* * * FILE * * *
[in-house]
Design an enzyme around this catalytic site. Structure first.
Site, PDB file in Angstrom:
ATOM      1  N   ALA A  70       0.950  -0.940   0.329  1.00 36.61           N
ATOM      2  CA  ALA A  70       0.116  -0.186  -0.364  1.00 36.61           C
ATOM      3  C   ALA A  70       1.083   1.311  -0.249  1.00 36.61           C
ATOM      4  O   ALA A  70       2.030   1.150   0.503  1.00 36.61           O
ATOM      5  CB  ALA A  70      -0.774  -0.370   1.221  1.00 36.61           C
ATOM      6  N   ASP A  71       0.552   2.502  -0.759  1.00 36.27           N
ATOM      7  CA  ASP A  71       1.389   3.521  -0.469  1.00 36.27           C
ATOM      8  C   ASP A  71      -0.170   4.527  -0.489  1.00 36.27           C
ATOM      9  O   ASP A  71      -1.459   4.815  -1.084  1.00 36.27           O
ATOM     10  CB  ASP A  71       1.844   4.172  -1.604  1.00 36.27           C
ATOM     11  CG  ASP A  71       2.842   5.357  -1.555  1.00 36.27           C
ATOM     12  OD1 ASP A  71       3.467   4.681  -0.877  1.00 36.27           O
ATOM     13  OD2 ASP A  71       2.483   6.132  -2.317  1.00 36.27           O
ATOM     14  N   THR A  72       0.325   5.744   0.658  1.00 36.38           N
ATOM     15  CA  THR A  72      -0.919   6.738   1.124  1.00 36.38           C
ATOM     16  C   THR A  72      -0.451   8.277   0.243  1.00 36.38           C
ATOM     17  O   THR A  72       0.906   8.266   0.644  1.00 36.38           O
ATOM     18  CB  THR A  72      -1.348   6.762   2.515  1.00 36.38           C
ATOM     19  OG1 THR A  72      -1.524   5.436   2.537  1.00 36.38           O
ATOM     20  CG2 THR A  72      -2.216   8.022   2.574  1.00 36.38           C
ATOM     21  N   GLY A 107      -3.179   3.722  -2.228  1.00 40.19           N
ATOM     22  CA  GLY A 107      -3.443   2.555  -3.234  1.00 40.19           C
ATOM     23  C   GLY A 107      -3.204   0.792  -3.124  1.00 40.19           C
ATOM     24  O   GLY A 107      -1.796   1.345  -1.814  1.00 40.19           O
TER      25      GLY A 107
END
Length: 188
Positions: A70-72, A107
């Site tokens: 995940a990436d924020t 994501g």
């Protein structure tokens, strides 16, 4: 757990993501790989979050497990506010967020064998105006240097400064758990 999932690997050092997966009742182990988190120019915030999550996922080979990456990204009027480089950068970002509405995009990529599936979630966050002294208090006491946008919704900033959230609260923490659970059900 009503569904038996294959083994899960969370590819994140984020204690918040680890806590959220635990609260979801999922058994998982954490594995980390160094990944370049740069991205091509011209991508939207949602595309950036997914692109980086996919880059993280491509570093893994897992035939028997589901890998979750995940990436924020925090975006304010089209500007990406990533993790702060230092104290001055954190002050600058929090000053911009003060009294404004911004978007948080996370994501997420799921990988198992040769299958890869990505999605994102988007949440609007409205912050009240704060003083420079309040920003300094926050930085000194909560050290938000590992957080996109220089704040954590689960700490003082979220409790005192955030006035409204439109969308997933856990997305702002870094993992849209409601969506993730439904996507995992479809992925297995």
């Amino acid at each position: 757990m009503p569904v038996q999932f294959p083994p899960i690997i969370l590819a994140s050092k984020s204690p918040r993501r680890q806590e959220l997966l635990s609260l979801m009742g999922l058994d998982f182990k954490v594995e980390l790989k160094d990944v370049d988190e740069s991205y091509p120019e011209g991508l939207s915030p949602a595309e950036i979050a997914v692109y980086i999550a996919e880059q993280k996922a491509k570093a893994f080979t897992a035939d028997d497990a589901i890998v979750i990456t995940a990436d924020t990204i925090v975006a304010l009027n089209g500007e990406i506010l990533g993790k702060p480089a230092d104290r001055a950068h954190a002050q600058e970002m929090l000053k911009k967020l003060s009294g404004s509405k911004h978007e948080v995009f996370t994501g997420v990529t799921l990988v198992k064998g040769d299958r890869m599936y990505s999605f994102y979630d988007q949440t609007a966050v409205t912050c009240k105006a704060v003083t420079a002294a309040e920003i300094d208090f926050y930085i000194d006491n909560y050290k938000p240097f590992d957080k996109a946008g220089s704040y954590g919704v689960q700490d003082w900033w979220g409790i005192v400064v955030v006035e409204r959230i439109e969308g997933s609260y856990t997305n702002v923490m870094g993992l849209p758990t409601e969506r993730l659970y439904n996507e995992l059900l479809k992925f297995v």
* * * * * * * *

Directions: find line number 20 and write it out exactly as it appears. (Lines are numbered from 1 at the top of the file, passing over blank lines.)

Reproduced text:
ATOM     17  O   THR A  72       0.906   8.266   0.644  1.00 36.38           O